Colour: Muddy, dark and filthy-looking. Like a pond you wouldn't fancy falling into.
Smell: Like lettuce soaked in a vinaigrette dresssing that's more vinegar than ette.
Circumstance: Exiled to the kitchen while the missus tries to sedate our miscreant youngest with breast milk in the lounge.
Tasting notes: Smash. A great acidic burst not dissimilar to lemon fizz bombs marmalises your taste buds as you take in this complex brew. The sleevenotes claim that a quarter of the beer is aged for two years in oak barrels, then added to the newly brewed stuff before bottling. There's a definite hue of poor-quality wine as you open the bottle and that theme is continued as the effervescense subsides. Fruitiness comes in the form of a large portion of sour cherry that's lovely and sharp. Just before the flavour disappears, you get a mild pinprick of sherbet that almost dries out your tongue and leaves you reaching for the glass again.
Drinkability: Really terrific. Perfect as a summer quencher, when it could down a thirst at 50 paces with its zesty potency, but equally at home as a refresher after a long autumn day spent chopping wood and raking fallen leaves.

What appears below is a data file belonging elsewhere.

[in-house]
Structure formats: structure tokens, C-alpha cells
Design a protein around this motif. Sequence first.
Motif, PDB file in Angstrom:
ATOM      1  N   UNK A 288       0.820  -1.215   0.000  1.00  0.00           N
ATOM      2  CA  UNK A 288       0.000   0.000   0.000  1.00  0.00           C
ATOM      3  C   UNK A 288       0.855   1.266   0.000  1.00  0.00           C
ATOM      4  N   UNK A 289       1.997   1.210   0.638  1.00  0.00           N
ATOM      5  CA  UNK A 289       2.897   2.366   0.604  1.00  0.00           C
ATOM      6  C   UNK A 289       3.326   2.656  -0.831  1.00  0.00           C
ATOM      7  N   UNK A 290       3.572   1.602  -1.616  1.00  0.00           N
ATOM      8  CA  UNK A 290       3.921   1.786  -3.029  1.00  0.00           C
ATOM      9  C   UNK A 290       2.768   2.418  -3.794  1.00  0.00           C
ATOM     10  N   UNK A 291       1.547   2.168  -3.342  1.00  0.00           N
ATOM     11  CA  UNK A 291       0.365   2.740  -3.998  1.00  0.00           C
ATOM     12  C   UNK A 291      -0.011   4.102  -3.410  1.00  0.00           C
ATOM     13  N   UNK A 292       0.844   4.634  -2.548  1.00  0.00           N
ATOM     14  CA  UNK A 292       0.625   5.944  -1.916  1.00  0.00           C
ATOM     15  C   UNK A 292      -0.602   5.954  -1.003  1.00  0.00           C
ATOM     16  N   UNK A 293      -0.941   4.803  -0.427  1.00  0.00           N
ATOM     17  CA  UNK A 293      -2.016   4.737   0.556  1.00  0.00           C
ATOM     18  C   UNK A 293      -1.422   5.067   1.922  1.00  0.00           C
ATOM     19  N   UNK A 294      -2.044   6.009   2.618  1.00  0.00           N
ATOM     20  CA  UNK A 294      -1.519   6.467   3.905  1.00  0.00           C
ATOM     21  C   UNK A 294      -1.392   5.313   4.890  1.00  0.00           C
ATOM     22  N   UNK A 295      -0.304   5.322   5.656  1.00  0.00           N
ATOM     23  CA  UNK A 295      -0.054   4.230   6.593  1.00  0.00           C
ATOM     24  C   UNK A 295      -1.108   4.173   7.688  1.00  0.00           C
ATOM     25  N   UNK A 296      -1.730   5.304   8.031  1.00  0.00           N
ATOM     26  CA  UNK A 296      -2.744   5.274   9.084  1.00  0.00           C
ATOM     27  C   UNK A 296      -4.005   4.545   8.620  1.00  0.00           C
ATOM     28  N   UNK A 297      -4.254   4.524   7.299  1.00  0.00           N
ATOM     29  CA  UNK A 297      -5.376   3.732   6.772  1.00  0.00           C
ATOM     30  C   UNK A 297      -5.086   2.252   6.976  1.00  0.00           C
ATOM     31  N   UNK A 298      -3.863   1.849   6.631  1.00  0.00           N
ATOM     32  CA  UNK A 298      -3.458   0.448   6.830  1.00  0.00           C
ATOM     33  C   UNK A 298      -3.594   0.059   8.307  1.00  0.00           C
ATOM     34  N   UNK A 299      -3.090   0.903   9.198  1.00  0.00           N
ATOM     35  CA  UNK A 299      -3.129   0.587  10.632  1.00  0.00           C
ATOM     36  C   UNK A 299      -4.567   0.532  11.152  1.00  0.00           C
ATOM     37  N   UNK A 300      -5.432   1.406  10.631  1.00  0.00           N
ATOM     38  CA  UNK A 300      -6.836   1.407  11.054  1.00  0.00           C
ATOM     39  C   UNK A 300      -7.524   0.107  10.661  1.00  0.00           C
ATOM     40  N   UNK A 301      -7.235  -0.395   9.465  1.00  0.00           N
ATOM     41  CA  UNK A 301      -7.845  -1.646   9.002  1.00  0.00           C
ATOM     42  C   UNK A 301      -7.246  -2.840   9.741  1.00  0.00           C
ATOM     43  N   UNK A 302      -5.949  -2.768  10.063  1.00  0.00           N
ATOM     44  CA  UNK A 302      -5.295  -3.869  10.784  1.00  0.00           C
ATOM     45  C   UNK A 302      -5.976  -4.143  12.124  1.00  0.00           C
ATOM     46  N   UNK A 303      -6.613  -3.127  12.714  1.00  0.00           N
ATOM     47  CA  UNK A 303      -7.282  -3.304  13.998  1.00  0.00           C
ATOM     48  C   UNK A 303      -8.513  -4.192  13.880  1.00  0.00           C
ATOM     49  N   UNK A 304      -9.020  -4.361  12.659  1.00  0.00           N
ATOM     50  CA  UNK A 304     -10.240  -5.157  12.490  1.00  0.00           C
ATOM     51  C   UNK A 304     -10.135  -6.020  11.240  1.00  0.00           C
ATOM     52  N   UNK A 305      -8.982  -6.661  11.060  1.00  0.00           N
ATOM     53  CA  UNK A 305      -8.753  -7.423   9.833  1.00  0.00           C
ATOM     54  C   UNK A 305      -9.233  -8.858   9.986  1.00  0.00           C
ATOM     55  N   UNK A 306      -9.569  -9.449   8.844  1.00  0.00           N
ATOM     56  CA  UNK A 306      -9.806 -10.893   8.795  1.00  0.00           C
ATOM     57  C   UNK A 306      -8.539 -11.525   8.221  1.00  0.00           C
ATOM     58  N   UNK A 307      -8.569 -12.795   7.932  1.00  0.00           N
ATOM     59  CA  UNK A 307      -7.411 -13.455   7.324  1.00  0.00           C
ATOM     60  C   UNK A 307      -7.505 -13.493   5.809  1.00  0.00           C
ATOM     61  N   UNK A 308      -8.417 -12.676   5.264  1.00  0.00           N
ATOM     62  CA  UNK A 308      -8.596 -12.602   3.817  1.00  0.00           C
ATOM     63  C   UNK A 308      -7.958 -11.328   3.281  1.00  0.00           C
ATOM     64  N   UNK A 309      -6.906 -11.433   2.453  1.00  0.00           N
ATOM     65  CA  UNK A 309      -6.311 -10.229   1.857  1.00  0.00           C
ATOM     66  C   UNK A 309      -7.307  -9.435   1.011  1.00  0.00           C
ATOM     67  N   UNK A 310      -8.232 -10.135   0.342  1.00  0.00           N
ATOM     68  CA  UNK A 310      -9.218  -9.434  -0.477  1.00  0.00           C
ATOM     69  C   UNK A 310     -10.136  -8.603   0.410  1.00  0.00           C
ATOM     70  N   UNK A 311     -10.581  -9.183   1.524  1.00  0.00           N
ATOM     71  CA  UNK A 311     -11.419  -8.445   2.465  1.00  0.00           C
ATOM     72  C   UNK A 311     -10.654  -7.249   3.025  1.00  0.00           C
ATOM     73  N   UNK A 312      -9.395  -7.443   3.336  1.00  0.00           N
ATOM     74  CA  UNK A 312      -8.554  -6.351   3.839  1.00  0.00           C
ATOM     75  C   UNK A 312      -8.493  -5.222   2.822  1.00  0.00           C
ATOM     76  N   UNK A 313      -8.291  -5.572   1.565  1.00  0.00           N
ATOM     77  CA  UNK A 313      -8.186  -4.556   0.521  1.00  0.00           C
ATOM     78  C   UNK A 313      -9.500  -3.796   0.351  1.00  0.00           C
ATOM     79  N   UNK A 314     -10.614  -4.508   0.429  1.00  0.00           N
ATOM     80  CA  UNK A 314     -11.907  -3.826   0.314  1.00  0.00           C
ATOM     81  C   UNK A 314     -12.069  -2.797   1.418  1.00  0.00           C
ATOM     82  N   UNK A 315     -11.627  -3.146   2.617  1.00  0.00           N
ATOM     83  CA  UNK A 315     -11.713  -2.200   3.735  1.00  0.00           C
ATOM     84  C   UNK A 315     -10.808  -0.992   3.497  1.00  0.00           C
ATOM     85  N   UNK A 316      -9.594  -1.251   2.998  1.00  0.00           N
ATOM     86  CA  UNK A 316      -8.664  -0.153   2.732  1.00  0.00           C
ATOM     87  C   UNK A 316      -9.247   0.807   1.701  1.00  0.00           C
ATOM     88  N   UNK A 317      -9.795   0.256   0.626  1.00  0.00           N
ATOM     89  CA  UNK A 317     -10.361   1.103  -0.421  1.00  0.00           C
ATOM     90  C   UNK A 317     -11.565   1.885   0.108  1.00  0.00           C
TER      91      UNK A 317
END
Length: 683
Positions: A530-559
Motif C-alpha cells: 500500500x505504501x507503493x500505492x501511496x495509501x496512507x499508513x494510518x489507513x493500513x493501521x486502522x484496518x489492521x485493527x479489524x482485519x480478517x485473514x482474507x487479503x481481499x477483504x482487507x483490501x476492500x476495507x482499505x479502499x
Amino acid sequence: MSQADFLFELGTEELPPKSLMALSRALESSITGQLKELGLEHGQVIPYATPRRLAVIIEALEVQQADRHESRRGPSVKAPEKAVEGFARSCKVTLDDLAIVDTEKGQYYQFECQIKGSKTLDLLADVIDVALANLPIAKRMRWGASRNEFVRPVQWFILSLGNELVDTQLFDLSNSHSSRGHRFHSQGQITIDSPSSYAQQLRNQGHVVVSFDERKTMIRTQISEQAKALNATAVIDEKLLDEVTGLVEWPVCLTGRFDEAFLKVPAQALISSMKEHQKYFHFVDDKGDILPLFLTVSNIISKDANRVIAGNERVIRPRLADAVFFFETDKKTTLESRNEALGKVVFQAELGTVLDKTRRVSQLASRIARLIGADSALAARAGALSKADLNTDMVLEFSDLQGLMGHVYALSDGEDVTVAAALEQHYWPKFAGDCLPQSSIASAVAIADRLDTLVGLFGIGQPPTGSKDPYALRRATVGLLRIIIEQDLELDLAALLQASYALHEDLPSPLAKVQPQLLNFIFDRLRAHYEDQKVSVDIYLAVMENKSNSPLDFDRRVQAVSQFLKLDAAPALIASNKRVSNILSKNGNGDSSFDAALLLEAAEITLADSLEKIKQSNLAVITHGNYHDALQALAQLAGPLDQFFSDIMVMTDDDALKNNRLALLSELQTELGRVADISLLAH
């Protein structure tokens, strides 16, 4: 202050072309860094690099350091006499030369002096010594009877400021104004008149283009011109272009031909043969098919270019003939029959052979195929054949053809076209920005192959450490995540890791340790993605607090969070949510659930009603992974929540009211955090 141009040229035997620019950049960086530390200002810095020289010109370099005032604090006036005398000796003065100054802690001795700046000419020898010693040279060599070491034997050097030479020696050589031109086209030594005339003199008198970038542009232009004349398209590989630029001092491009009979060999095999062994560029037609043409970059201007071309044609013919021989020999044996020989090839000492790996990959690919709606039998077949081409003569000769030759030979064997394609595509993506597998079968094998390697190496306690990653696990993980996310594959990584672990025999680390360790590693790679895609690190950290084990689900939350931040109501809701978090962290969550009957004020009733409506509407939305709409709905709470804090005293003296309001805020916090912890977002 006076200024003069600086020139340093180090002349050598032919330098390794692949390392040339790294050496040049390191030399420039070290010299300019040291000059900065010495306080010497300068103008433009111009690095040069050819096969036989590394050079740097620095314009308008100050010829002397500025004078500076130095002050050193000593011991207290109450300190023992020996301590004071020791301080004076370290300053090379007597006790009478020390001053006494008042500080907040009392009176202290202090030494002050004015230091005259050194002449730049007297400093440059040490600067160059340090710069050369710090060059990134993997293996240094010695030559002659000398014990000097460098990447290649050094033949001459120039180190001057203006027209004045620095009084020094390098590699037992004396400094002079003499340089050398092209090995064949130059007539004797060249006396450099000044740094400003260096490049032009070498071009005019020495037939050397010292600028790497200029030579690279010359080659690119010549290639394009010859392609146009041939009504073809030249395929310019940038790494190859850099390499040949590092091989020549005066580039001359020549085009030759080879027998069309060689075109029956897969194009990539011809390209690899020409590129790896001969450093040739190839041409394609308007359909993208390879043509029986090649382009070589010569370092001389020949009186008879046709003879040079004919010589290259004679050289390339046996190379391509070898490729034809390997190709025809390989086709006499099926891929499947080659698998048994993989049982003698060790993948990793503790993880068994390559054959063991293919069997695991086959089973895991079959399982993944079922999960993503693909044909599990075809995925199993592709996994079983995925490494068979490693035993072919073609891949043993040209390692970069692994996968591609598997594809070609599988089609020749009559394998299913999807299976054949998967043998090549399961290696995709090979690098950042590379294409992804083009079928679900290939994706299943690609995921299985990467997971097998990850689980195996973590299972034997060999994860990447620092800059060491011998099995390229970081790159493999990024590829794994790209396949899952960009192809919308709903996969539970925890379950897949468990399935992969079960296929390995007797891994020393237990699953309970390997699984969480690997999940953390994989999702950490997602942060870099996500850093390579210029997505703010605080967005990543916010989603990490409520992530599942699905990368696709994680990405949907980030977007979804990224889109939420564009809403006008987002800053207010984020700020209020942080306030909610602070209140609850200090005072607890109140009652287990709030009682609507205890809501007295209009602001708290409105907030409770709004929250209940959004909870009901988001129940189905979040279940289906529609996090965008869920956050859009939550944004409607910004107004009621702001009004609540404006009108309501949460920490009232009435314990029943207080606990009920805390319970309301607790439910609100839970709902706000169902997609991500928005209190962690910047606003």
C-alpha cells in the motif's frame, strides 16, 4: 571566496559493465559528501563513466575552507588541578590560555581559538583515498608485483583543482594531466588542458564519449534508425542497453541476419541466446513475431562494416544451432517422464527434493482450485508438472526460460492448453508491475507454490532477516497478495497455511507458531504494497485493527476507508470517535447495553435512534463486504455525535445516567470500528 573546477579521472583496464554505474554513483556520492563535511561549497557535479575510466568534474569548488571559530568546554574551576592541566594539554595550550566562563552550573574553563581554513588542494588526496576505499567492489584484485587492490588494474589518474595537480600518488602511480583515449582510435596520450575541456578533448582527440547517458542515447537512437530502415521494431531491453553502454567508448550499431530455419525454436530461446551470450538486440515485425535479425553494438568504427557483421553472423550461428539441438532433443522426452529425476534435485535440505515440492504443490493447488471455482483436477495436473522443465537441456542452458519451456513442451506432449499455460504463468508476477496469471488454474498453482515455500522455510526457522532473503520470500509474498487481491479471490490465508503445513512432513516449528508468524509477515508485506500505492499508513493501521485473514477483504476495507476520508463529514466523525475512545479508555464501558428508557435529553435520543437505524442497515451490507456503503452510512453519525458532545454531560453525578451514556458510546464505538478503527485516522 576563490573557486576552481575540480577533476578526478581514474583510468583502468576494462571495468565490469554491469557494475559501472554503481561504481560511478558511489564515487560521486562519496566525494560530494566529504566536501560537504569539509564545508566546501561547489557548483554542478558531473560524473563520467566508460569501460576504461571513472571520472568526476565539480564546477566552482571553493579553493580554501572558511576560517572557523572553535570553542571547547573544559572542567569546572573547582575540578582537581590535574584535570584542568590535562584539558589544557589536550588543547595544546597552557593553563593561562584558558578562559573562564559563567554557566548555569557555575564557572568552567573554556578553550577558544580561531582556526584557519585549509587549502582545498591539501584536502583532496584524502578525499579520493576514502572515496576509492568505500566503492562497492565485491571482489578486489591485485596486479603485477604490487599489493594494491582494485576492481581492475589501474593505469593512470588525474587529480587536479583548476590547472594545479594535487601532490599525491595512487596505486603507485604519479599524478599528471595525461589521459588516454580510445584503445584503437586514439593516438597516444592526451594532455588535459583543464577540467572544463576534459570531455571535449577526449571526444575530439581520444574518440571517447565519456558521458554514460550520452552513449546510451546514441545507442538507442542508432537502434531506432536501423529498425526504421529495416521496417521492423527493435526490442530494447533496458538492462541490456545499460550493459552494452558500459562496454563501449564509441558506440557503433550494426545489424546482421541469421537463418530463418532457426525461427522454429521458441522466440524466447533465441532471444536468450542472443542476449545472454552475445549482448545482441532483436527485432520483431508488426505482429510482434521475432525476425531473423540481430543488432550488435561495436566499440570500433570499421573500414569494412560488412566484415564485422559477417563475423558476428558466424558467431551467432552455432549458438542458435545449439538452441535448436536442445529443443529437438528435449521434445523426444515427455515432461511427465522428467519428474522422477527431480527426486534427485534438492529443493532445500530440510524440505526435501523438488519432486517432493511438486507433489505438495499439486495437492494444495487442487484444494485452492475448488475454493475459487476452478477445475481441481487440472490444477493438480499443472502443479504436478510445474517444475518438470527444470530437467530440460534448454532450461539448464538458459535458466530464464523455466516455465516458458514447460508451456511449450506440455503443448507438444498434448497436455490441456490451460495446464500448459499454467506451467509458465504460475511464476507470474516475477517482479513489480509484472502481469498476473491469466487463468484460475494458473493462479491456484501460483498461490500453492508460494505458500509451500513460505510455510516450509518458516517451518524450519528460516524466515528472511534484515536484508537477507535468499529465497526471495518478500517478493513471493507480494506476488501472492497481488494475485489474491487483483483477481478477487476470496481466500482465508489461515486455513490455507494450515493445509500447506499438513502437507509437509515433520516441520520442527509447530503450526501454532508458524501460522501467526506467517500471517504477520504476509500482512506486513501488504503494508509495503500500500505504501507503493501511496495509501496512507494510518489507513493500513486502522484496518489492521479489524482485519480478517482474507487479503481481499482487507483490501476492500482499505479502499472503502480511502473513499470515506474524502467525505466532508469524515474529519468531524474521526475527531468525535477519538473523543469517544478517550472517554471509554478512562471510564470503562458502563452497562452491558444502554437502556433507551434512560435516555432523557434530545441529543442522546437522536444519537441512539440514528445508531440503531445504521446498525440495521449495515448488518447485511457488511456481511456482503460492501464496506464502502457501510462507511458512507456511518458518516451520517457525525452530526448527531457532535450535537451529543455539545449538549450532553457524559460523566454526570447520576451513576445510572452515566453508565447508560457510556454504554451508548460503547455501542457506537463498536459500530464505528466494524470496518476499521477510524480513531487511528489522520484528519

Gut reaction: More than three and you're probably tempting dispeptic fate.
Session factor: Not really a session beer, since it's a bit too rich and fruity for sustained drinking.
I think I'll enjoy this blog Ben :)
Fruity beers aren't usually my bag but you make this one sound interesting.
Funny you should say that, Sam, as I specifically asked for no fruit beers for pretty much the same reason. But the guy in the shop said I ought to give this one a whirl and he was spot on.
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